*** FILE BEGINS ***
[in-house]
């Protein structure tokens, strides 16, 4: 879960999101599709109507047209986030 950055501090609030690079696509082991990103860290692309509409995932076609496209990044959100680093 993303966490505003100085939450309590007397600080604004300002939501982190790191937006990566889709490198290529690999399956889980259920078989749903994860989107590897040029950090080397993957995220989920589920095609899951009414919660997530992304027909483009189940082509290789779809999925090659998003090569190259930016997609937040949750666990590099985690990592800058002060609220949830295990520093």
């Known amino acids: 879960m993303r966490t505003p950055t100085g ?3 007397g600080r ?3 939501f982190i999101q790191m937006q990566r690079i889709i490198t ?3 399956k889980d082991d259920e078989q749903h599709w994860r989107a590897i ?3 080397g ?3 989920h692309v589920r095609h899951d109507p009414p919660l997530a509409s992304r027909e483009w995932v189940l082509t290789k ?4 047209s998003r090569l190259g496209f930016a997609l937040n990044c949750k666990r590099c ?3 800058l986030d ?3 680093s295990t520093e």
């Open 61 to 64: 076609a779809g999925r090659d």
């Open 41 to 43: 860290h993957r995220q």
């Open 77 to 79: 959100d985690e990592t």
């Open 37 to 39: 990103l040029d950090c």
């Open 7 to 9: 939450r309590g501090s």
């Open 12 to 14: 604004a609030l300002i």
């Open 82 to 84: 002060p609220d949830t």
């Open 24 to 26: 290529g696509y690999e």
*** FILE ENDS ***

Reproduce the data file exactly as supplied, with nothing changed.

[in-house]
């Protein structure tokens, strides 16, 4: 879960999101599709109507047209986030 950055501090609030690079696509082991990103860290692309509409995932076609496209990044959100680093 993303966490505003100085939450309590007397600080604004300002939501982190790191937006990566889709490198290529690999399956889980259920078989749903994860989107590897040029950090080397993957995220989920589920095609899951009414919660997530992304027909483009189940082509290789779809999925090659998003090569190259930016997609937040949750666990590099985690990592800058002060609220949830295990520093």
């Known amino acids: 879960m993303r966490t505003p950055t100085g ?3 007397g600080r ?3 939501f982190i999101q790191m937006q990566r690079i889709i490198t ?3 399956k889980d082991d259920e078989q749903h599709w994860r989107a590897i ?3 080397g ?3 989920h692309v589920r095609h899951d109507p009414p919660l997530a509409s992304r027909e483009w995932v189940l082509t290789k ?4 047209s998003r090569l190259g496209f930016a997609l937040n990044c949750k666990r590099c ?3 800058l986030d ?3 680093s295990t520093e």
């Open 61 to 64: 076609a779809g999925r090659d």
């Open 41 to 43: 860290h993957r995220q």
């Open 77 to 79: 959100d985690e990592t």
């Open 37 to 39: 990103l040029d950090c």
């Open 7 to 9: 939450r309590g501090s």
């Open 12 to 14: 604004a609030l300002i």
């Open 82 to 84: 002060p609220d949830t």
């Open 24 to 26: 290529g696509y690999e």